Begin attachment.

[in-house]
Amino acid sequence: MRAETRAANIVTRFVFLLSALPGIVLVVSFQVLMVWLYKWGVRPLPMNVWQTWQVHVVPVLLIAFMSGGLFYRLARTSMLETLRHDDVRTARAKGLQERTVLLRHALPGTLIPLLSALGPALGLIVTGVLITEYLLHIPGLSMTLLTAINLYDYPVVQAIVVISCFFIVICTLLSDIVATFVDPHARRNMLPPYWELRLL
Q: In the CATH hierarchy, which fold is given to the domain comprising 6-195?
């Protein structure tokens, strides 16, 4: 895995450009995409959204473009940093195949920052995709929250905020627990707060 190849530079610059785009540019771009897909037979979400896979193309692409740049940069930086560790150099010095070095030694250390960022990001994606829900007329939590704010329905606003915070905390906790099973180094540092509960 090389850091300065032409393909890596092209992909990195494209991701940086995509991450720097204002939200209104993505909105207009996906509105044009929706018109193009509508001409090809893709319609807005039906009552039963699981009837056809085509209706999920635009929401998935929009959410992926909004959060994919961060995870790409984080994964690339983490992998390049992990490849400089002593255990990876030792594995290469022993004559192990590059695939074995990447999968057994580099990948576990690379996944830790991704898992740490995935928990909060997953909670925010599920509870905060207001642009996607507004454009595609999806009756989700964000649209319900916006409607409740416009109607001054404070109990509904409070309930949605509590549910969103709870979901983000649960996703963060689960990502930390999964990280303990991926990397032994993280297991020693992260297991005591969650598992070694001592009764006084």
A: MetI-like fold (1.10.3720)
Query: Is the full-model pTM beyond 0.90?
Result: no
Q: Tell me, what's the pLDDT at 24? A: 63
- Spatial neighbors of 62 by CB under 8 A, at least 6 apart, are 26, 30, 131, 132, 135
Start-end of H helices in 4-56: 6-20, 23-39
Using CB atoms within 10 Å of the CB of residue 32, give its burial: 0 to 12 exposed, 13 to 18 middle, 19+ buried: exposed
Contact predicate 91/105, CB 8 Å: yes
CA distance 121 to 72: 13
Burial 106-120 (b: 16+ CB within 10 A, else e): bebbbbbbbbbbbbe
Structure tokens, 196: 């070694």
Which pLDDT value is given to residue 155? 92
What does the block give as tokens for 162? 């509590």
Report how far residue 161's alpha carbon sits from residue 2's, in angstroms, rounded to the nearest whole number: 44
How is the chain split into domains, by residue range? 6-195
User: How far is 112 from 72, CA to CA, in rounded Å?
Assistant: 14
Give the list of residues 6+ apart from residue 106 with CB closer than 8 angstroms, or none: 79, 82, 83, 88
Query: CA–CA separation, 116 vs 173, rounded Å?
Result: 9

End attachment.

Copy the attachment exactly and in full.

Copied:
[in-house]
Amino acid sequence: MRAETRAANIVTRFVFLLSALPGIVLVVSFQVLMVWLYKWGVRPLPMNVWQTWQVHVVPVLLIAFMSGGLFYRLARTSMLETLRHDDVRTARAKGLQERTVLLRHALPGTLIPLLSALGPALGLIVTGVLITEYLLHIPGLSMTLLTAINLYDYPVVQAIVVISCFFIVICTLLSDIVATFVDPHARRNMLPPYWELRLL
Q: In the CATH hierarchy, which fold is given to the domain comprising 6-195?
């Protein structure tokens, strides 16, 4: 895995450009995409959204473009940093195949920052995709929250905020627990707060 190849530079610059785009540019771009897909037979979400896979193309692409740049940069930086560790150099010095070095030694250390960022990001994606829900007329939590704010329905606003915070905390906790099973180094540092509960 090389850091300065032409393909890596092209992909990195494209991701940086995509991450720097204002939200209104993505909105207009996906509105044009929706018109193009509508001409090809893709319609807005039906009552039963699981009837056809085509209706999920635009929401998935929009959410992926909004959060994919961060995870790409984080994964690339983490992998390049992990490849400089002593255990990876030792594995290469022993004559192990590059695939074995990447999968057994580099990948576990690379996944830790991704898992740490995935928990909060997953909670925010599920509870905060207001642009996607507004454009595609999806009756989700964000649209319900916006409607409740416009109607001054404070109990509904409070309930949605509590549910969103709870979901983000649960996703963060689960990502930390999964990280303990991926990397032994993280297991020693992260297991005591969650598992070694001592009764006084």
A: MetI-like fold (1.10.3720)
Query: Is the full-model pTM beyond 0.90?
Result: no
Q: Tell me, what's the pLDDT at 24? A: 63
- Spatial neighbors of 62 by CB under 8 A, at least 6 apart, are 26, 30, 131, 132, 135
Start-end of H helices in 4-56: 6-20, 23-39
Using CB atoms within 10 Å of the CB of residue 32, give its burial: 0 to 12 exposed, 13 to 18 middle, 19+ buried: exposed
Contact predicate 91/105, CB 8 Å: yes
CA distance 121 to 72: 13
Burial 106-120 (b: 16+ CB within 10 A, else e): bebbbbbbbbbbbbe
Structure tokens, 196: 């070694």
Which pLDDT value is given to residue 155? 92
What does the block give as tokens for 162? 């509590």
Report how far residue 161's alpha carbon sits from residue 2's, in angstroms, rounded to the nearest whole number: 44
How is the chain split into domains, by residue range? 6-195
User: How far is 112 from 72, CA to CA, in rounded Å?
Assistant: 14
Give the list of residues 6+ apart from residue 106 with CB closer than 8 angstroms, or none: 79, 82, 83, 88
Query: CA–CA separation, 116 vs 173, rounded Å?
Result: 9